The comprehensive gazetteer and bibliography of the medieval castles, fortifications and palaces of England, Wales, the Islands.
The listings
Other Info
Print Page 
Next Record 
Previous Record 
Back to list 

Borrowdale Dyke

In the civil parish of Borrowdale.
In the historic county of Westmorland.
Modern Authority of Cumbria.
1974 county of Cumbria.
Medieval County of Westmorland.

OS Map Grid Reference: NY548030
Latitude 54.42111° Longitude -2.69721°

Borrowdale Dyke has been described as a probable Linear Defence or Dyke.

There are no visible remains.


This barrier is described as a plessicium, or slashed hedge, which served as a stockade against the Scots, and is so named in the following grant, dated about 1180, when its origin and use must have been well known. "Grant by William de Lancaster II to the monks of St. Mary at Byland, of his part of Borgheredala (Borrowdale) by the great way which goes by Ernestan (Eagle-stone) to the plessicium which has been made on account of the Scots; and by the brow of the hill of Bannisdale, which is towards Borrowdale, as long as Bannisdale continues, and so to Borrowdale Head and so to the bounds of Westmorland, in perpetual alms, and for the settlement of the complaint which Wimund, late Bishop of the Isles, had against the father of the grantor." (Hist. MSS. Com., 10th Report, iv, 323.).
The precise position of this dyke has not been ascertained as yet, but from "Hollow Gate," half way between Kendal and Shap, there is a track some four miles across the moor eastward known as "Breasthigh," which clearly has had a rampart on its northern bank noticable near the ruins of Knott House and just beyond and which comes out near Tebay where there is a farm called "The Dyke." On the other hand it will be observed that the land to the northward rises considerably so that the rampart could be of little strategic strength against the Scots, and these place names may refer only to an ancient park of 100 acres which William L'Engleys received licence to impark in Tebay and Roundthwaite by grant of 12 Edward III. (Curwen 1932)
Links to archaeological and architectural databases, mapping and other online resources

Data >
Maps >
Streetmap   NLS maps   Where's the path   Old-Maps      
Data/Maps > 
Magic   V. O. B.   Geology   LiDAR   Open Domesday  
Air Photos > 
Bing Maps   Google Maps   Getmapping   ZoomEarth      
Photos >
CastleFacts   Geograph   Flickr   Panoramio      

Sources of information, references and further reading
Most of the sites or buildings recorded in this web site are NOT open to the public and permission to visit a site must always be sought from the landowner or tenant.
It is an offence to disturb a Scheduled Monument without consent. It is a destruction of everyone's heritage to remove archaeological evidence from ANY site without proper recording and reporting.
Don't use metal detectors on historic sites without authorisation.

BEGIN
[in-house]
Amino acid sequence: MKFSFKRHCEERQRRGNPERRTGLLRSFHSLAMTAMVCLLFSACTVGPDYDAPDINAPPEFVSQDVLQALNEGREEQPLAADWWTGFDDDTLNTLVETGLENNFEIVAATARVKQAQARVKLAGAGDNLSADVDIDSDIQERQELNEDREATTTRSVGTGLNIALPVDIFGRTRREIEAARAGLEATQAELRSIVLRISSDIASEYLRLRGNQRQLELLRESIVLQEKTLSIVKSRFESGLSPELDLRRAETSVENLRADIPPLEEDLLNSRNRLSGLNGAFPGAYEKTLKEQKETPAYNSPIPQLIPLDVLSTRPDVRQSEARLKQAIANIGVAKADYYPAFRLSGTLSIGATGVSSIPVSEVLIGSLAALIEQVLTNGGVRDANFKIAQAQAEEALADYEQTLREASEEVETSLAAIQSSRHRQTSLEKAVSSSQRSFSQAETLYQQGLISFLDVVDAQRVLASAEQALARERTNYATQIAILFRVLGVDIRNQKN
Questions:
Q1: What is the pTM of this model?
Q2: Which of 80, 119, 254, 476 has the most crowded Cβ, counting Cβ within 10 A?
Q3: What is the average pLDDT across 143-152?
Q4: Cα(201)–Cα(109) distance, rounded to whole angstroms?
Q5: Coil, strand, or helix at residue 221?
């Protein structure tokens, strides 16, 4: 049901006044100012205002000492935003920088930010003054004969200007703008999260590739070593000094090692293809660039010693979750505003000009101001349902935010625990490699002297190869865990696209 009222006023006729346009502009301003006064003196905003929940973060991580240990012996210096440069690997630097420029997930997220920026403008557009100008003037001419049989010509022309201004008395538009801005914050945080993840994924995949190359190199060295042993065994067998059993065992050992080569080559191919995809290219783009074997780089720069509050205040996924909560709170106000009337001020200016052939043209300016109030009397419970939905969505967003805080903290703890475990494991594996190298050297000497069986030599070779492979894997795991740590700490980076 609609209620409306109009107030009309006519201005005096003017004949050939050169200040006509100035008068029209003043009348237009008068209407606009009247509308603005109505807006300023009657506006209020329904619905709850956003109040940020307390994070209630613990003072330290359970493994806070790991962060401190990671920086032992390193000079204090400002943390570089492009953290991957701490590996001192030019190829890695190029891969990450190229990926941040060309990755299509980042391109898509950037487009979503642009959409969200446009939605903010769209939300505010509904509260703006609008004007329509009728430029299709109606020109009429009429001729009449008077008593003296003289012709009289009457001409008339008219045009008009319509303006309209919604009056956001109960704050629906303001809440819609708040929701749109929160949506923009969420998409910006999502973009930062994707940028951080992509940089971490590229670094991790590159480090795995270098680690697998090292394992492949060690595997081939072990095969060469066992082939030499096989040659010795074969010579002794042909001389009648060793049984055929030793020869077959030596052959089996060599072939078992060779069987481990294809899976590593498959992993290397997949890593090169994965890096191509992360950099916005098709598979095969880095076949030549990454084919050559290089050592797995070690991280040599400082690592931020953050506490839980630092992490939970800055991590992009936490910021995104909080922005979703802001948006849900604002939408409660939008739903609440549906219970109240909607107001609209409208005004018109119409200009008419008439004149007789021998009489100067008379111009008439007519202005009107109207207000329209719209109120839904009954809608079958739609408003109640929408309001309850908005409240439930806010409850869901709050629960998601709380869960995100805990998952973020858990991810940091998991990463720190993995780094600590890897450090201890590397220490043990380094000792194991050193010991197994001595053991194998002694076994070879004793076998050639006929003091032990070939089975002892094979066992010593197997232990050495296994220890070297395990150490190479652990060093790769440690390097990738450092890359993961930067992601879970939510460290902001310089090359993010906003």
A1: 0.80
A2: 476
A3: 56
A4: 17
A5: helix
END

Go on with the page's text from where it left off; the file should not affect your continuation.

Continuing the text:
The information on this web page may be derived from information compiled by and/or copyright of Historic England, County Historic Environment Records and other individuals and organisations. It may also contain information licensed under the Open Government Licence. All the sources given should be consulted to identify the original copyright holder and permission obtained from them before use of the information on this site for commercial purposes.
The author and compiler of Gatehouse does not receive any income from the site and funds it himself. The information within this site is provided freely for educational purposes only.
The bibliography owes much to various bibliographies produced by John Kenyon for the Council for British Archaeology, the Castle Studies Group and others.
Suggestions for finding online and/or hard copies of bibliographical sources can be seen at this link.
Minor archaeological investigations, such as watching brief reports, and some other 'grey' literature is most likely to be held by H.E.R.s but is often poorly referenced and is unlikely to be recorded here, or elsewhere, but some suggestions can be found here.
The possible site or monument is represented on maps as a point location. This is a guide only. It should be noted that OS grid references defines an area, not a point location. In practice this means the actual center of the site or monument may often, but not always, be to the North East of the point shown. Locations derived from OS grid references and from latitude longitiude may differ by a small distance.
Further information on mapping and location can be seen at this link.
Please help to make this as useful a resource as possible by contacting Gatehouse if you see errors, can add information or have suggestions for improvements in functality and design.
Help is acknowledged.
This record last updated 26/07/2017 09:21:29

Home | Books | Links | Fortifications and Castles | Other Information | Help | Downloads | Author Information | Contact